Heartburn is one of the most common medical complaints, and so heartburn remedies are some of the most prescribed and widely used medications. But one type may be causing more harm than good, say researchers in a study just published in JAMA Internal Medicine. They warn that proton-pump inhibitors, like Prilosec, Nexium and Prevacid, could be causing long-term kidney damage.
Researchers examined the medical records of more than 250,000 people on PPIs for a span of ten years. They then compared the incidence of kidney damage with that of the normal population and discovered a significant increase. While it’s not enough to prove cause and effect, it’s certainly enough to make medical professionals concerned.
“When [PPIs] first came out they weren’t associated with side effects, or we didn’t think they were,” Adam Schoenfeld, an internal medicine resident at the University of California, San Francisco, wrote in an editorial accompanying the study. “So we put [people] on this medication thinking: ‘It’s a quick fix and they’re very safe.’ But in actuality they’re associated with a range of side effects.”
In addition to upping your risk of kidney disease, previous research has linked heartburn medications to an increased risk of bone fractures, infections and heart problems. They can also interfere with the absorption of certain nutrients like calcium and magnesium.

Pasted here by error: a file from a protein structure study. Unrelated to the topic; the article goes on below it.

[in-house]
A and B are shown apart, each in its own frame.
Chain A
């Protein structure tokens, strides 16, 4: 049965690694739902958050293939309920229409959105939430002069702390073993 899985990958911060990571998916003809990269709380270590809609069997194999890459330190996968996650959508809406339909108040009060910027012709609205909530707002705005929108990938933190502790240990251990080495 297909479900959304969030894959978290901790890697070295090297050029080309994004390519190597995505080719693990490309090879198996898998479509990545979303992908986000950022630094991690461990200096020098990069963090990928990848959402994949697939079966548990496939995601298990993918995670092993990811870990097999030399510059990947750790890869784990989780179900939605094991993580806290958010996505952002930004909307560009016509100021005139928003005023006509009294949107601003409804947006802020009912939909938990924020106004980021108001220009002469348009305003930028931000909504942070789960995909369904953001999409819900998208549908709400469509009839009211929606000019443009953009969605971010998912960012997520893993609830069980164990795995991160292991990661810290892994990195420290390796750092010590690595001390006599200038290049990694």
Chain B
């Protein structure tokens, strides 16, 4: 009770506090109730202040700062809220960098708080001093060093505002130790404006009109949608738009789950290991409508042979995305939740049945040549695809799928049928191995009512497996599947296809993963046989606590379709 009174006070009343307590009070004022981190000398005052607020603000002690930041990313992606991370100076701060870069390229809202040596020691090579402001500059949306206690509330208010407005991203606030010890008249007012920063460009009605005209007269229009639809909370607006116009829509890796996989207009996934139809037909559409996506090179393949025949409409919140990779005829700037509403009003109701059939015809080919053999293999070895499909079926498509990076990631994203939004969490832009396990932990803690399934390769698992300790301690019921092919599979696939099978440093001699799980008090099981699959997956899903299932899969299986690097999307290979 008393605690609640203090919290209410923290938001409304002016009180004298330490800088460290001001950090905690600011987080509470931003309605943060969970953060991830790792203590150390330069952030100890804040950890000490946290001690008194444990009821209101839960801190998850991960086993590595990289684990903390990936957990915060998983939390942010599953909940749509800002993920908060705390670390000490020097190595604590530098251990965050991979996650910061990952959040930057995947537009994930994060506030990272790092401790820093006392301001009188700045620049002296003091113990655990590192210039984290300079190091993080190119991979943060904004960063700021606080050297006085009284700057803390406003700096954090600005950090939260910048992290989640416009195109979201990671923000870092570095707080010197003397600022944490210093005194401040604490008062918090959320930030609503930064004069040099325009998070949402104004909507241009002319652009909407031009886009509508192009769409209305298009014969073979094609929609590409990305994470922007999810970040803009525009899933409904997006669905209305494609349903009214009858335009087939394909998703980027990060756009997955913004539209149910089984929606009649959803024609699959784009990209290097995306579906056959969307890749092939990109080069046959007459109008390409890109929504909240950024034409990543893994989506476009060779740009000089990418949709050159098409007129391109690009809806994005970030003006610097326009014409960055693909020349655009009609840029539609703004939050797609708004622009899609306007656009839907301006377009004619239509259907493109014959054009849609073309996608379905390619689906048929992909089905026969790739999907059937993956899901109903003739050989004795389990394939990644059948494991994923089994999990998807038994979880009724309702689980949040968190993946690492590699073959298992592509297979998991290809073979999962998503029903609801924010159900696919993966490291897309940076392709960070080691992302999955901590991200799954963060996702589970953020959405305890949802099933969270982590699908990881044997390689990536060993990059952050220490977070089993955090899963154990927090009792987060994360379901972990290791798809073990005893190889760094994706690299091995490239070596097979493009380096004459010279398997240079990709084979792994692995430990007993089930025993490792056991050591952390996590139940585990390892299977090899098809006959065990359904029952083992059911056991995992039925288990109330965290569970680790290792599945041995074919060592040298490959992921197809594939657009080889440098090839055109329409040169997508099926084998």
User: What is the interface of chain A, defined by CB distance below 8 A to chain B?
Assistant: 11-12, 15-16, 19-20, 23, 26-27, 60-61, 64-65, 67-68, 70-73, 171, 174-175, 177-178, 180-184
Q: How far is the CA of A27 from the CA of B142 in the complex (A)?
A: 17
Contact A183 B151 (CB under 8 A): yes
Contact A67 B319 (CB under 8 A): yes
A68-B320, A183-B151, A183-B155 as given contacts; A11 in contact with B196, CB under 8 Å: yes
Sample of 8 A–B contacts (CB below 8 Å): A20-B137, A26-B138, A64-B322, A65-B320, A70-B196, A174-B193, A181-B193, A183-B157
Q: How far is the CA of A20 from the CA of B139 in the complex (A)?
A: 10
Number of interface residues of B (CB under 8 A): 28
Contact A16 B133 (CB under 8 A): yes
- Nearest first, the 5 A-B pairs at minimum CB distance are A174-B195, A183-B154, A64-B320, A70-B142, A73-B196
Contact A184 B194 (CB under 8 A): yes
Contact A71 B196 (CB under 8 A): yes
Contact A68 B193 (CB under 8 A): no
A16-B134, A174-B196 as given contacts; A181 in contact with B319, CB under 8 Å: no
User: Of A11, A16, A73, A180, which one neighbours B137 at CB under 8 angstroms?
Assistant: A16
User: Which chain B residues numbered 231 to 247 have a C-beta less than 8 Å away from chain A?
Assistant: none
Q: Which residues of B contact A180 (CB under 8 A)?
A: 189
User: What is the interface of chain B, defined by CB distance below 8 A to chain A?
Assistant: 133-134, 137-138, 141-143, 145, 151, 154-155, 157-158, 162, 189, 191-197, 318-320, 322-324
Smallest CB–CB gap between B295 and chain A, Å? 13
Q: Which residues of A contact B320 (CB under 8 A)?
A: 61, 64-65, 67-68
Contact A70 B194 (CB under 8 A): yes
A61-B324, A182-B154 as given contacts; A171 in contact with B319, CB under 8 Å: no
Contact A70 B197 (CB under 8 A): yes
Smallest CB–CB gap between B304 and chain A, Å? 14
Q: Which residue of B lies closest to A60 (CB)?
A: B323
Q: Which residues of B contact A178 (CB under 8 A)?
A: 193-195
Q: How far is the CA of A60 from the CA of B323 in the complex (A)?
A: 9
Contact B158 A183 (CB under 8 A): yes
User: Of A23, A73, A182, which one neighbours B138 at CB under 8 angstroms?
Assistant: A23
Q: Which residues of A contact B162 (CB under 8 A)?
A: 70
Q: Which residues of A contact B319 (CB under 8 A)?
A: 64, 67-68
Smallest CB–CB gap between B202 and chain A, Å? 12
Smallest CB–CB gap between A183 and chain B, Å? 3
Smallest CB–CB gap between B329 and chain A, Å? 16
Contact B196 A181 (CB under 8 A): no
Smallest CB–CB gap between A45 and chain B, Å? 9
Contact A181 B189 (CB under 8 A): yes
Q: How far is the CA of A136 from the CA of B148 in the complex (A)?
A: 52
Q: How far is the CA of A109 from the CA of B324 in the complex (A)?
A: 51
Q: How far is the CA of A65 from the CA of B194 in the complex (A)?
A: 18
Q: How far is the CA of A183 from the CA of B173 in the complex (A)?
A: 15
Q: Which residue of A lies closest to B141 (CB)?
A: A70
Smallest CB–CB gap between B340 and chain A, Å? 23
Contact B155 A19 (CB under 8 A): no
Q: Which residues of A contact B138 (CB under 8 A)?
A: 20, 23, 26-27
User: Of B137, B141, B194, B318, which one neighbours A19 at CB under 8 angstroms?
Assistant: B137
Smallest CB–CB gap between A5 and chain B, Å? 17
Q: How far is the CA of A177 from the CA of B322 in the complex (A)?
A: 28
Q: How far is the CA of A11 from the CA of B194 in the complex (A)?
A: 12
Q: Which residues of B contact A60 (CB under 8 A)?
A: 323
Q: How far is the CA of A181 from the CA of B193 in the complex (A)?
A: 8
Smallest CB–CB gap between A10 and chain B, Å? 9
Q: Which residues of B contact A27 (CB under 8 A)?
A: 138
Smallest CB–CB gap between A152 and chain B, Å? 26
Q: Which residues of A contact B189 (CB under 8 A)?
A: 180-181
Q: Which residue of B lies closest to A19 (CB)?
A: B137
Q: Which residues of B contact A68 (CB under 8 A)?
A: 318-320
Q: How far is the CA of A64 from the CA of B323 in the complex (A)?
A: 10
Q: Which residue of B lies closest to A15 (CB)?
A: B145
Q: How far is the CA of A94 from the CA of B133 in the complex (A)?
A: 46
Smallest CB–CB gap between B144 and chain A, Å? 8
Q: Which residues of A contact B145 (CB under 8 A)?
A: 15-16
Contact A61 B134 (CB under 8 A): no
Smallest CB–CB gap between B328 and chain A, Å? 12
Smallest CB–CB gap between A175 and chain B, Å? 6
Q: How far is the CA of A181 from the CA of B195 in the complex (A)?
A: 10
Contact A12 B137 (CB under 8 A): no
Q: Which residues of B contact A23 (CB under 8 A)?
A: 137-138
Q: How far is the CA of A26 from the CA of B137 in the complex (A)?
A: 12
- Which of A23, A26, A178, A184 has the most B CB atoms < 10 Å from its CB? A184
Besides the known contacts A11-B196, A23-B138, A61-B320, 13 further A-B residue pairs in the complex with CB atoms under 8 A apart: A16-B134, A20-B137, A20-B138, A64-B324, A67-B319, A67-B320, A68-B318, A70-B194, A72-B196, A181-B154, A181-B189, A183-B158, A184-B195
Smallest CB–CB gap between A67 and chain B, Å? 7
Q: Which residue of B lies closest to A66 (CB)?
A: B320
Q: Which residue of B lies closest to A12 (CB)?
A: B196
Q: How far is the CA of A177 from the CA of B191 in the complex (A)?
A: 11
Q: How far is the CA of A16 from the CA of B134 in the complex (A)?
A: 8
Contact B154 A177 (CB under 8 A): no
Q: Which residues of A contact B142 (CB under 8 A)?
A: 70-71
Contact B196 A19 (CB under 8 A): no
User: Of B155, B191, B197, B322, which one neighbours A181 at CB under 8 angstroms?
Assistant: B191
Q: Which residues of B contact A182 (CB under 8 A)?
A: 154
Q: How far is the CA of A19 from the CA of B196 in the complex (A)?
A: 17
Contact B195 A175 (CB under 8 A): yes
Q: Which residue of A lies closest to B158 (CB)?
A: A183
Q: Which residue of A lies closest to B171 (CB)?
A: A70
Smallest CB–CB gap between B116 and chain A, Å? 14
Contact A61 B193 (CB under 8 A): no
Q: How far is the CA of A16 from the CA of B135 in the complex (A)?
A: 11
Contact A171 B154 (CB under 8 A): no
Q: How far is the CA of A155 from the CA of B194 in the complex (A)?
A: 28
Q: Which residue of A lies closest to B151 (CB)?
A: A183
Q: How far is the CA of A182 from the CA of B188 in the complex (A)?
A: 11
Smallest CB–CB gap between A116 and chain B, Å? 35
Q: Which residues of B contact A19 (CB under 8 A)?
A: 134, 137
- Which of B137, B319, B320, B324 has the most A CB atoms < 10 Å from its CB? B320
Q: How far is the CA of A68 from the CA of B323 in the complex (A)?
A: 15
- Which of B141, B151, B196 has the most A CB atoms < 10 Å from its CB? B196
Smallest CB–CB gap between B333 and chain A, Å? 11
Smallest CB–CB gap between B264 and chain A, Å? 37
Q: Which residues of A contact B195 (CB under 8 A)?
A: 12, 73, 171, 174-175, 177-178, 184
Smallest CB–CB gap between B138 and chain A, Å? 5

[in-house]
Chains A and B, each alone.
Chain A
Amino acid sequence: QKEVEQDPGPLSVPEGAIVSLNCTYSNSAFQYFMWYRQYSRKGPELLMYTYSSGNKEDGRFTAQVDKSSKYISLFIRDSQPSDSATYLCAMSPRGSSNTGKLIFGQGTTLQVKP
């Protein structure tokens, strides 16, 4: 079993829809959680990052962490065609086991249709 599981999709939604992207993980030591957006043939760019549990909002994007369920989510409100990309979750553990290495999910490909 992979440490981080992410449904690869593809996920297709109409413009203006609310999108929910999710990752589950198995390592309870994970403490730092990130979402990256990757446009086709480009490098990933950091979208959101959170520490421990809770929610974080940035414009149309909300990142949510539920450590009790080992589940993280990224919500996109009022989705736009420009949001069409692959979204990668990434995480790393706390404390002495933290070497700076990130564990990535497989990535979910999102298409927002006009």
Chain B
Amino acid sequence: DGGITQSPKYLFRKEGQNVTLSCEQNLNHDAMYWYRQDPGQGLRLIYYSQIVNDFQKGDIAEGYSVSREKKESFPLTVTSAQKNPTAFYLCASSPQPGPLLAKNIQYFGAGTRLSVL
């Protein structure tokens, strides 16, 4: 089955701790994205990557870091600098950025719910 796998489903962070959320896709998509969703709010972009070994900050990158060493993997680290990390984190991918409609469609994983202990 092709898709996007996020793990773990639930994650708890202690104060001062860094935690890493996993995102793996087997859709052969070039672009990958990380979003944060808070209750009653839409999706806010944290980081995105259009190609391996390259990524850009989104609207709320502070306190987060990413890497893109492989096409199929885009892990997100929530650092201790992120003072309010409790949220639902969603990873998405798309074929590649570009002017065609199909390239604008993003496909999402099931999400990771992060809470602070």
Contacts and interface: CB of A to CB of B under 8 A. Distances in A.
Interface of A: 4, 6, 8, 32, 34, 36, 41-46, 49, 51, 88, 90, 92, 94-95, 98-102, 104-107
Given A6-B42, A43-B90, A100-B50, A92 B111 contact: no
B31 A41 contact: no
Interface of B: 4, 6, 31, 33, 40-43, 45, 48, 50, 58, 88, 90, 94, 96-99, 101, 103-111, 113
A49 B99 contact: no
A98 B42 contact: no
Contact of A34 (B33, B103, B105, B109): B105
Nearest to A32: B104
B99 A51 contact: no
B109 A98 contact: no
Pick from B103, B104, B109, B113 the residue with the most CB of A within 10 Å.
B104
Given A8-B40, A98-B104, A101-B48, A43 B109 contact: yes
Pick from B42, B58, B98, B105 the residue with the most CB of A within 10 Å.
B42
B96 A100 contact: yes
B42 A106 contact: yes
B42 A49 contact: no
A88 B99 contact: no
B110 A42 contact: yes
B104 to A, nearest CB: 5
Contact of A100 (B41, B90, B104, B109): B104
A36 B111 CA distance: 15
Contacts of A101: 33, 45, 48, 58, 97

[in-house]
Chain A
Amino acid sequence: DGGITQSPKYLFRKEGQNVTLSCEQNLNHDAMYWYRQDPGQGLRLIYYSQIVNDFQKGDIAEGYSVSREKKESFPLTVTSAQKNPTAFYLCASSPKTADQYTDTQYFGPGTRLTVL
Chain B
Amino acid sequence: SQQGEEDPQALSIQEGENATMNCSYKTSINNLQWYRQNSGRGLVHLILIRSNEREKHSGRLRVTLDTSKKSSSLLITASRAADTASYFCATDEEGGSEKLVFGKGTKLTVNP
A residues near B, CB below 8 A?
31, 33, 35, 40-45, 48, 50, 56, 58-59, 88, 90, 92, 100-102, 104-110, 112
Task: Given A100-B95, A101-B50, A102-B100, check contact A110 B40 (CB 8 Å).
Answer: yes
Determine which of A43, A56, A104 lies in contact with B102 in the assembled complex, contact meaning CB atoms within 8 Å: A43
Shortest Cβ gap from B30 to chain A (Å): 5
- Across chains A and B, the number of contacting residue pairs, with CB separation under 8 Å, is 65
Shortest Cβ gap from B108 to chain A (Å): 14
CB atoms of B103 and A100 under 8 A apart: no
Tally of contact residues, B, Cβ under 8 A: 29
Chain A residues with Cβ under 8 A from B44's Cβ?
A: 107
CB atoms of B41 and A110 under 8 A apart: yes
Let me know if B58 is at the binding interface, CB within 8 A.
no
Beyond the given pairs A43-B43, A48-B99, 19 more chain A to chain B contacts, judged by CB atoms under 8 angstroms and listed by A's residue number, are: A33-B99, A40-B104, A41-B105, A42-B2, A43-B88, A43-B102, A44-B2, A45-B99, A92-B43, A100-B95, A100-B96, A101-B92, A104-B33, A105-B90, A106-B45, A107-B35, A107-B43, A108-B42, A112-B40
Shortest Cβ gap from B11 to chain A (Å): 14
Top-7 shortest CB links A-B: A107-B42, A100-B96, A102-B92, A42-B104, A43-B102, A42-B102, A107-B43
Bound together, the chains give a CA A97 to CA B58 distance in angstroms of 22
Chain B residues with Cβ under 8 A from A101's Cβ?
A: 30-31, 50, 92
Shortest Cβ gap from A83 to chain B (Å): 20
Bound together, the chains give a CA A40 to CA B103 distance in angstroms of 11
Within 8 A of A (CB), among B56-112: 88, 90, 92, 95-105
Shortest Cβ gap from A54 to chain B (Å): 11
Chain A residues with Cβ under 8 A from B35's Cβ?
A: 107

This news is especially concerning as these drugs are commonly prescribed to — and generally considered safe for — pregnant and breastfeeding women, infants, the elderly and other vulnerable populations. In fact, Prilosec is the most often prescribed heartburn medication for children over one.
But what if you’re one of the millions suffering from that awful burny-vomity feeling on a regular basis? Schoenfeld encourages patients to look for other ways to treat heartburn rather than turning to meds as soon as they feel pain. Common treatments for heartburn include eliminating alcohol, fatty foods and tobacco; not eating close to bedtime; getting daily exercise; and sleeping with your torso slightly raised.